"Solidarity is not a crime" is the slogan that accompanies support campaigns against the criminalization of Sea Rescue, distribution of water or food, or driving a person in need from one place to another. While the European Union continues to fortify and externalize its borders, people also continue to move and others continue to support them. Their movement is challenged by agreements the EU concluded with authoritarian regimes in the MENA and Sahel regions.
On 30 August 2021, the European Court of Human Rights (ECtHR) ordered interim measures for Legal Centre Lesvos client MH, a Syrian man with disabilities and chronic health issues, and ordered the Greek authorities to guarantee him living conditions and medical care appropriate to his state of health, in order to prevent imminent irreparable harm.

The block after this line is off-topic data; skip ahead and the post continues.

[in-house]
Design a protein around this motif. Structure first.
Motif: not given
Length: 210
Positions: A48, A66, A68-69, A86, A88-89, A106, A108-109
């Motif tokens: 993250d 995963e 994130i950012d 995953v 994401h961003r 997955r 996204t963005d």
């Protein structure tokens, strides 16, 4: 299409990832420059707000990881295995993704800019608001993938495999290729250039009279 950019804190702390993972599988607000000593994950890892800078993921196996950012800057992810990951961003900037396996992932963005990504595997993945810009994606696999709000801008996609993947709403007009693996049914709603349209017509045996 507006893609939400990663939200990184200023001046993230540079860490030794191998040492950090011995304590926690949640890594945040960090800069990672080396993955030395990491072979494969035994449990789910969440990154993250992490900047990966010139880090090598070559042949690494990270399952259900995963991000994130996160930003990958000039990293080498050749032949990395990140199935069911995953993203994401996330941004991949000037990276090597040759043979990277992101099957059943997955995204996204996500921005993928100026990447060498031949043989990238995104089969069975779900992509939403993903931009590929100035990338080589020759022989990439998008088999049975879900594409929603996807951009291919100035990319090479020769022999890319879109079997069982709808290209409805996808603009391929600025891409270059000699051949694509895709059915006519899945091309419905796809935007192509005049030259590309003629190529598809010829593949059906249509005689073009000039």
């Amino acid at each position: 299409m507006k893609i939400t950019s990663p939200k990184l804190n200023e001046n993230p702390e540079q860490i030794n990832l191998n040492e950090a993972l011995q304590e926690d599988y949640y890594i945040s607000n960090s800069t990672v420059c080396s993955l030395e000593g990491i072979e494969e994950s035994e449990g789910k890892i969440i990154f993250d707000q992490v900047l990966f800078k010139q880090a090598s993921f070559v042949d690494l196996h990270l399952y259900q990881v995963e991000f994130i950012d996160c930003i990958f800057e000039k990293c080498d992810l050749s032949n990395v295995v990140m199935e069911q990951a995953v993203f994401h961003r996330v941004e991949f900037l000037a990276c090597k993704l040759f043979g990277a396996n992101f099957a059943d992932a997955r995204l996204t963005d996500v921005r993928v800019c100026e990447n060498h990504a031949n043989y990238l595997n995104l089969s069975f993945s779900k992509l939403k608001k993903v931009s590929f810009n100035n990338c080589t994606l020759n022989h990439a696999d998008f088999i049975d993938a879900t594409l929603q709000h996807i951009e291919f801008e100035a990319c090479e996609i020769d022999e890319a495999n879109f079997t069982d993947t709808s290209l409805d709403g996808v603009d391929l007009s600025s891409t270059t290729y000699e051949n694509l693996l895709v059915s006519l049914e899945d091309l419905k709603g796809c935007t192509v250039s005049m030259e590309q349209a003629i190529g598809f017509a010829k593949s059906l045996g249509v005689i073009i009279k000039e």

In September 2020, in the aftermath of the Moria fires, the European Commission announced that a dedicated task force would be established with the ostensible purposes of “implement[ing] a joint pilot with the Greek authorities for new reception facilities” and ensuring “adequate living conditions, more certainty through faster procedures and more balanced responsibility-sharing and solidarity.” Far from these stated objectives, the reality in Lesvos and on the other Aegean islands has been the
This week, UNHCR, the UN Refugee Agency, the Office of the United Nations High Commissioner for Human Rights (OHCHR) and the European Network of National Human Rights Institutions (ENNHRI) have shared with the Government of Greece a set of “Ten Points” to guide the creation of an Independent National Border Monitoring Mechanism in Greece.
45 civil society organisations urge EU institutions and national governments to abandon policies
that contain people seeking asylum at Europe’s borders and to instead facilitate asylum seekers’
social inclusion and subsequent integration. They must fulfil their commitments to share respon-
sibility for ensuring displaced people’s adequate reception and protection, in line with EU and